If ever there was a moment when the country might have been called to question whether it was well-served in a time of crisis by a leader with scant knowledge of the relevant issues, it was then. Instead, things merely got worse. Intelligence was off the table entirely, while character became the cult of moral clarity, a transformation well expressed by former Bush speechwriter David Frum in his memoir. After the attacks, he wrote, he realized that “Bush was not a lightweight.” Instead he was “a very unfamiliar type of heavyweight. Words often failed him, his memory sometimes betrayed him, but his vision was large and clear. And when he perceived new possibilities, he had the courage to act on them -- a much less common virtue in politics than one might suppose.” With the nation reeling from attack, the thirst for a strong leader was palpable, and so the press obliged by constructing Bush into one. Lacking the conventional attributes of a skilled -- or even competent -- chief executive, he became, as Frum put it, an “unfamiliar type of heavyweight.”
And now, more than a few of Bush's usual opponents agreed. Richard Cohen, part of a small army of liberal commentators who would eventually find themselves following Bush into Baghdad, wrote in his December 18, 2001, column that “I applaud whenever George Bush issues one of his dead-or-alive pronouncements” and denounced those, “invariably on the political left,” who “upbraid him for his supposed childishness.” Unlike his critics, Bush had a Reagan-like “moral clarity” about the struggle; and that, rather than any childishness, was the important point.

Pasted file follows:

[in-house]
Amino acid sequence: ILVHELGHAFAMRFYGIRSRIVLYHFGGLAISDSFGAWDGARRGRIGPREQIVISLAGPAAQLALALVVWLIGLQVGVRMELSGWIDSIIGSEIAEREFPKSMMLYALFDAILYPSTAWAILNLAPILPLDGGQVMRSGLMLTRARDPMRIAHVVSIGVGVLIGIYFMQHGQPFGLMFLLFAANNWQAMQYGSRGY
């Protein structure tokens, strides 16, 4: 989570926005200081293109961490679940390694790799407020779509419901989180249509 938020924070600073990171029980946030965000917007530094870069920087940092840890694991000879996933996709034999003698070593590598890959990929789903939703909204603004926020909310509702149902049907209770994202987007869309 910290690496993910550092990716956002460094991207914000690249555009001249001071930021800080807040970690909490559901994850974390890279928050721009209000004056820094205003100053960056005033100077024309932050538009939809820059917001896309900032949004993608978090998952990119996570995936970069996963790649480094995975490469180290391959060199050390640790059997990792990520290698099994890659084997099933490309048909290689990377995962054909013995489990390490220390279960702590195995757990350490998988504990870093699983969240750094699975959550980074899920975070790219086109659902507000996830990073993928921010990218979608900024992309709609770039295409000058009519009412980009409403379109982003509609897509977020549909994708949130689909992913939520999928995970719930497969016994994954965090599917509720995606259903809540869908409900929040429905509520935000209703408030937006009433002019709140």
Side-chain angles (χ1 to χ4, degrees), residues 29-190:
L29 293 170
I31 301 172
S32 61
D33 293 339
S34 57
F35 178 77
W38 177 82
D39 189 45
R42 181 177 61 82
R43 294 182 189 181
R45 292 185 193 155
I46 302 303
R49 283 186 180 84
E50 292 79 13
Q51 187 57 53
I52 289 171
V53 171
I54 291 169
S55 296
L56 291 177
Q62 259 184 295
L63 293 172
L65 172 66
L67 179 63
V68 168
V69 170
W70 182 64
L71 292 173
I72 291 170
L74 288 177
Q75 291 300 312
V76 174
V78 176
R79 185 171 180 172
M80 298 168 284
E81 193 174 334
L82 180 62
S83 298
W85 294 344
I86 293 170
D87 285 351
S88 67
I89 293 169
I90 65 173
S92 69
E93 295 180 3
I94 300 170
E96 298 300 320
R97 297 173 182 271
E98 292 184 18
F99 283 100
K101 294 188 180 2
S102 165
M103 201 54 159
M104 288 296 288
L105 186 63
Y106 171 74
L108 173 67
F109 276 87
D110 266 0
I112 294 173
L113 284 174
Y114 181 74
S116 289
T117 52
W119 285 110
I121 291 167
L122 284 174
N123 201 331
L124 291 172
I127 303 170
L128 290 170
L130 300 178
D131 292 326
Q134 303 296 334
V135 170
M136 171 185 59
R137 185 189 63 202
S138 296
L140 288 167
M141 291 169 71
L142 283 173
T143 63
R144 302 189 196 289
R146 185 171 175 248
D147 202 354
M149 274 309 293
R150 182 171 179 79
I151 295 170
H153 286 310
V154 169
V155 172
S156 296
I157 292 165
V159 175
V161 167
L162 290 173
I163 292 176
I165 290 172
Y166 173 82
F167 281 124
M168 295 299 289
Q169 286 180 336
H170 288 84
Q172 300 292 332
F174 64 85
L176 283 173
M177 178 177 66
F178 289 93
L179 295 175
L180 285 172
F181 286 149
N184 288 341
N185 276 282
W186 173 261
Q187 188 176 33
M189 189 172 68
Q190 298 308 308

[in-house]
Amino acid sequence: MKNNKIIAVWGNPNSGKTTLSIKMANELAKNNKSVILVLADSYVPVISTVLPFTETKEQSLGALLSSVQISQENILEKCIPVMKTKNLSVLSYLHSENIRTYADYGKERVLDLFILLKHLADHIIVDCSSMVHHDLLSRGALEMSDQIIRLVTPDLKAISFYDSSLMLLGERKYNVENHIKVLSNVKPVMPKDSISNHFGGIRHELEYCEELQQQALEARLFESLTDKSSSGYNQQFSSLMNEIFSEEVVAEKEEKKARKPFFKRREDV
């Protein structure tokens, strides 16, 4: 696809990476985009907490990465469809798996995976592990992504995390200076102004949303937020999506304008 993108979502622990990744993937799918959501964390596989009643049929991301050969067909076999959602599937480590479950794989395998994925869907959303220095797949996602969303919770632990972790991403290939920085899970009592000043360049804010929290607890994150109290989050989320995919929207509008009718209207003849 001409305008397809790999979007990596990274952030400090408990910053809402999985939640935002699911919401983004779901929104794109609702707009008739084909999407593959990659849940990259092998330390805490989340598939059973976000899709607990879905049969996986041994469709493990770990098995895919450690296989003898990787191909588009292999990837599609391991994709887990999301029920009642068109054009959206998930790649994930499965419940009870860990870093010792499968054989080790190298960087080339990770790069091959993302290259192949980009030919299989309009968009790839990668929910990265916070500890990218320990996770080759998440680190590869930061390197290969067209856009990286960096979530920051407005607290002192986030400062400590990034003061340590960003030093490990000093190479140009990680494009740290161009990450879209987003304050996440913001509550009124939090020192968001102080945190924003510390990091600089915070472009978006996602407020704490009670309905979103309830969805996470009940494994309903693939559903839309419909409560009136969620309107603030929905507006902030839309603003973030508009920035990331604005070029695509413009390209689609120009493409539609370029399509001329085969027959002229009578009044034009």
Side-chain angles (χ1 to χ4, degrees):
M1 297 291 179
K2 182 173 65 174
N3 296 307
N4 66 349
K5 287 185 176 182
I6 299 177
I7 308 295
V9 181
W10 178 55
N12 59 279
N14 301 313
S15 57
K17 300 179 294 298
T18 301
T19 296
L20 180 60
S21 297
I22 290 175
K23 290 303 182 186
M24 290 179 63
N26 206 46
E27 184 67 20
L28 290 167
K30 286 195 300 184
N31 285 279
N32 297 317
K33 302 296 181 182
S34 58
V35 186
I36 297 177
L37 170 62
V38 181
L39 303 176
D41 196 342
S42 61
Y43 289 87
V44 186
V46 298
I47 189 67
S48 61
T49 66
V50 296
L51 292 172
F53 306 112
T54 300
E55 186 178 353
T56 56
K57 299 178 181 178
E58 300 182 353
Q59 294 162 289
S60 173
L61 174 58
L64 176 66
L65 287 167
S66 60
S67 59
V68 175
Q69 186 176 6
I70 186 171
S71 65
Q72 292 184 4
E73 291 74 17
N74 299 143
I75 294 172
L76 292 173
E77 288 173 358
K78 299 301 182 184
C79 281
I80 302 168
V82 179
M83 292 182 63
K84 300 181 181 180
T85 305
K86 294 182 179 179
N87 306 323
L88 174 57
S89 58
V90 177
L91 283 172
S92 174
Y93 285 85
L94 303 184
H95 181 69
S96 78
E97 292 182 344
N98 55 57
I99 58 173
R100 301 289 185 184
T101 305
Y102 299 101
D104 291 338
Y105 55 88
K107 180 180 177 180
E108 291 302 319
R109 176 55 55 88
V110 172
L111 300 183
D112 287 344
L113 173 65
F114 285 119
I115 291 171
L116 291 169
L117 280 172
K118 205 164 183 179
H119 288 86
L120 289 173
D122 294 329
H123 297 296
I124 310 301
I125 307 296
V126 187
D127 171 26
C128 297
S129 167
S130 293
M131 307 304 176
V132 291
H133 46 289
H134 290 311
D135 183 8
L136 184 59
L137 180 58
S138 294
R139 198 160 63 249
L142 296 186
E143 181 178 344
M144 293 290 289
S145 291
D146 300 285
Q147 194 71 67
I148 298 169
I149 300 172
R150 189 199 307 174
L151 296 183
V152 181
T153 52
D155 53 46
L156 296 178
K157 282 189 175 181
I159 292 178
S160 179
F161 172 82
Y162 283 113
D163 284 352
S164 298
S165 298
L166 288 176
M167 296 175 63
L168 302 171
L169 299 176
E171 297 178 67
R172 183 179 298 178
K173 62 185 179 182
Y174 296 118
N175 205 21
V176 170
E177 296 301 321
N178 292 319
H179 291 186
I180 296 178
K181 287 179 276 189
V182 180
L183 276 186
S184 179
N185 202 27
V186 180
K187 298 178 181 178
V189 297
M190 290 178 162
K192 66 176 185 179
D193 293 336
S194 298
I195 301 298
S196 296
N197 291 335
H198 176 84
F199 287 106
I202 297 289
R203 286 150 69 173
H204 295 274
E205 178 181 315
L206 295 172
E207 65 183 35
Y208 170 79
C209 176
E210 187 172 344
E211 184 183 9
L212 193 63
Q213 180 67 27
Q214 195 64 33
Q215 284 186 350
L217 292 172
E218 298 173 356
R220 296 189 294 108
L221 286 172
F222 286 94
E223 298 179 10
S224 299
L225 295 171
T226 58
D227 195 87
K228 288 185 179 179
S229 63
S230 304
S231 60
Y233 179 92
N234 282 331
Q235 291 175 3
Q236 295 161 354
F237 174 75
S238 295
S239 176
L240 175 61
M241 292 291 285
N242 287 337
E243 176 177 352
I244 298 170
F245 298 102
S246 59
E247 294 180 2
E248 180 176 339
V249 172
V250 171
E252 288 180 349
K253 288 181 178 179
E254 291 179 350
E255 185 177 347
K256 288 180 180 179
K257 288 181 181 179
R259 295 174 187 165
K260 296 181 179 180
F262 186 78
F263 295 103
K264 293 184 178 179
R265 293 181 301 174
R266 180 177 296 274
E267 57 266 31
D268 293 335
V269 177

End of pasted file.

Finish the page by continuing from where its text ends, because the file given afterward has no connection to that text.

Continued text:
Such was the mood of late 2001. On October 20, The New York Times reported that “many Democrats who once dismissed Mr. Bush as too naive and too dependent on advisers to steer the United States through an international crisis are now praising his and his advisers' performance. Some are even privately expressing satisfaction that Mr. Gore, who tried to make his foreign affairs experience an issue in the campaign, did not win.” Gore “may know too much,” said one anonymous former Senate Democrat quoted by the Times.
Three-plus years later we know better, or at least we should. Intelligence matters. The job of the president of the United States is not to love his wife; it's to manage a wide range of complicated issues. That requires character, yes, but not the kind of character measured by private virtues like fidelity to spouse and frequency of quotations from Scripture. Yet it also requires intelligence. It requires intellectual curiosity, an ability to familiarize oneself with a broad range of views, the capacity -- yes -- to grasp nuances, to foresee the potential ramifications of one's decisions, and, simply, to think things through. Four years ago, these were not considered necessary pieces of presidential equipment. Today, they have to be.
The most egregious consequences of Bush's lack of intellectual curiosity have come in regard to foreign policy. But domestic policy making has suffered, too. Indeed, Bush's disengagement has arguably been more severe in this arena. Abroad, one can at least say that Bush made some choices he believed at the time to be the right ones. But on the home front, the president's lack of commitment to any idea (beyond a blind faith in the power of tax cuts to cure all) has turned the policy process into a joke and consistently marginalized serious analysts in favor of the entirely political counsel proffered by Karl Rove and other hacks. “It's the reign of the Mayberry Machiavellis,” as former faith-based-initiatives coordinator John DiIulio famously put it.